Early April marks the arrival of financial aid award letters from colleges across the US. You may be happy to see that your student is eligible for assistance with college expenses, but the complexity of financial aid awards often leaves parents scratching their heads to understand their options. Here are some simple steps to help you make decisions about your financial aid options:
Understand the letter thoroughly. Although it’s tempting to simply skip to the end of your letter to see the theoretical maximum that your student can receive, be sure to read the details of your financial aid award. Often portions or the entirety of the amount may be in the form of loans which must be paid back after graduation.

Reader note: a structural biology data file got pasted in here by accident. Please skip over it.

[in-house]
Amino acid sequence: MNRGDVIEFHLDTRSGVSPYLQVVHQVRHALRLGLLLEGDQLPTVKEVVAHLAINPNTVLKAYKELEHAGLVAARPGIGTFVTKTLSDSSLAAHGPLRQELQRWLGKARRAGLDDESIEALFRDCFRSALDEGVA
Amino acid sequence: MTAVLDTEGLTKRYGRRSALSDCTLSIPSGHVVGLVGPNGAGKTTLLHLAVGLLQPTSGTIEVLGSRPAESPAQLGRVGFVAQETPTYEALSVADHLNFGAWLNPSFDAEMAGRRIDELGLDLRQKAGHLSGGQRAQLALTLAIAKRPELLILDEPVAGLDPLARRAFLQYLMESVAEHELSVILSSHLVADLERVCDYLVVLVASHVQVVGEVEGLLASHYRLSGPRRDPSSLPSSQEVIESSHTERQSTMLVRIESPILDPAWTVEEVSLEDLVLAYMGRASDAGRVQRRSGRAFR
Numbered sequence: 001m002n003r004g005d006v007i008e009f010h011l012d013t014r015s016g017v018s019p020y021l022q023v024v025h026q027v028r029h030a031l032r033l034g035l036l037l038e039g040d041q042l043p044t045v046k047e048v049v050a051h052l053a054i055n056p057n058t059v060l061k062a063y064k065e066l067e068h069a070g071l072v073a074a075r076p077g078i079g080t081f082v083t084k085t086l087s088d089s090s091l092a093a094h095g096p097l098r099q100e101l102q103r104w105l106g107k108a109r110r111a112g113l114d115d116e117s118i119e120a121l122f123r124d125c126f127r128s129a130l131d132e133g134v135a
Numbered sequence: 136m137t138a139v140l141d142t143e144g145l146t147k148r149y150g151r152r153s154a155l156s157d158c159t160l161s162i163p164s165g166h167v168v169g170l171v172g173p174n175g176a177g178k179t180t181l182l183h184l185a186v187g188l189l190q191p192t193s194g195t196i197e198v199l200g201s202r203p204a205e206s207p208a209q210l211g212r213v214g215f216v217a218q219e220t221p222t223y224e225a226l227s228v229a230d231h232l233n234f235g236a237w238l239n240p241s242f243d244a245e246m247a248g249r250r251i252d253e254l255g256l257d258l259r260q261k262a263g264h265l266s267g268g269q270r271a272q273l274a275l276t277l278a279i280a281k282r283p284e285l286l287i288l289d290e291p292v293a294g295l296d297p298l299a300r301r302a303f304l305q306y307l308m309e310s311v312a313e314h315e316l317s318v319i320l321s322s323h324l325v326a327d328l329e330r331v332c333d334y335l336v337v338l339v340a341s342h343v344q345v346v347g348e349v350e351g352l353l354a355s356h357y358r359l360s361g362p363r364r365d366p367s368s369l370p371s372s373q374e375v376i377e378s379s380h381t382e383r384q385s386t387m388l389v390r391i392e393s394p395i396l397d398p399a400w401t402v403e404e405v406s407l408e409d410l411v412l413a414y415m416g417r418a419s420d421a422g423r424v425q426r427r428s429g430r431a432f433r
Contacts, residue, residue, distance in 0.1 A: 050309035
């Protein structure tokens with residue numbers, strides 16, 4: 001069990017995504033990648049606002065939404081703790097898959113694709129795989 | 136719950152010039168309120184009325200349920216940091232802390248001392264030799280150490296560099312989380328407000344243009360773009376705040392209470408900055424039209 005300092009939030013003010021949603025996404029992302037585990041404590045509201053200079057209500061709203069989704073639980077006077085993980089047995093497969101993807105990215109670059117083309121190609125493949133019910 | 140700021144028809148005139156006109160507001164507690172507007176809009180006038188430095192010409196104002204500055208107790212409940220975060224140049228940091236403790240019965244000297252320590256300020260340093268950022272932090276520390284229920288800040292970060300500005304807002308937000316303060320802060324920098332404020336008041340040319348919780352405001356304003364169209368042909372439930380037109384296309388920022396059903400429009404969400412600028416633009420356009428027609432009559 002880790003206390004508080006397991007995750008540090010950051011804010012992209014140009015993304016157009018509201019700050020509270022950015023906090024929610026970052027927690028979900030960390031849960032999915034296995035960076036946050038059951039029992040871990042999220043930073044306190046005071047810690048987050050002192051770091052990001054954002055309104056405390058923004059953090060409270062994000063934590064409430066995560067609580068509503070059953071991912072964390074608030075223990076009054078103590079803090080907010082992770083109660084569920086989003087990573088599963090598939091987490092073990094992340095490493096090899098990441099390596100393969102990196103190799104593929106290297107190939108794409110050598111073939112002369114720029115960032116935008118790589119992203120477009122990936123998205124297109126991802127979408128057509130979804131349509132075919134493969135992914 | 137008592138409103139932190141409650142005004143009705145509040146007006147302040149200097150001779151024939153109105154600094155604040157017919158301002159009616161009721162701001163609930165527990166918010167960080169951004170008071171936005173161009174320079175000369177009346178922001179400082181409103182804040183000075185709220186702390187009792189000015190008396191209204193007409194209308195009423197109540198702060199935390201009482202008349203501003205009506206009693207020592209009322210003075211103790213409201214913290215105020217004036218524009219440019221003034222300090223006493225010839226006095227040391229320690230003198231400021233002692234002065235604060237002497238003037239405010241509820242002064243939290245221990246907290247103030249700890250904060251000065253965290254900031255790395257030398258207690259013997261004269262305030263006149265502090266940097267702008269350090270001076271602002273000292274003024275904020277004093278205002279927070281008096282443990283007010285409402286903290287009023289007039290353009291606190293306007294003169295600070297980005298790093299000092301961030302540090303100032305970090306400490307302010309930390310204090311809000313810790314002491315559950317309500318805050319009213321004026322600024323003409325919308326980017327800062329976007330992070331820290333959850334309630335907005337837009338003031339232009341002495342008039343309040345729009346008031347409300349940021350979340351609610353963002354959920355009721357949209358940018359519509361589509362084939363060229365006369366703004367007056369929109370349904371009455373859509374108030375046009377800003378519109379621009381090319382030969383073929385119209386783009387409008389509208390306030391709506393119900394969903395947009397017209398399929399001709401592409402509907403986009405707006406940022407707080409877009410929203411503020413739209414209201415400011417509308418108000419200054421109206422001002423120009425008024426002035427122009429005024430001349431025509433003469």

Consider all the costs. While most colleges provide an estimate or guideline for average student costs (including tuition, books, living expenses, etc), that average may not apply to your student. The only way to be sure is to prepare a budget for your student, including expenses that may have been left out, such as entertainment, travel expenses to get home, athletic fees, or more extensive reading list purchases.
Be upfront about financial changes. If things have changed for your family since you first applied for your financial aid (such as a job-loss or illness) which may affect your overall family income, be sure to communicate the changes to your Financial Aid officer and ask for a review of what you may be eligible for. Often families discover when they complete their taxes that their earnings were lower than they had expected the previous year, which may make them eligible for greater financial awards.
Pick and choose. Financial aid awards are frequently a combination of grants, scholarships and loans. Consider whether the grants and scholarships are sufficient for your needs and if you can say no to loans, thus avoiding graduating with debt.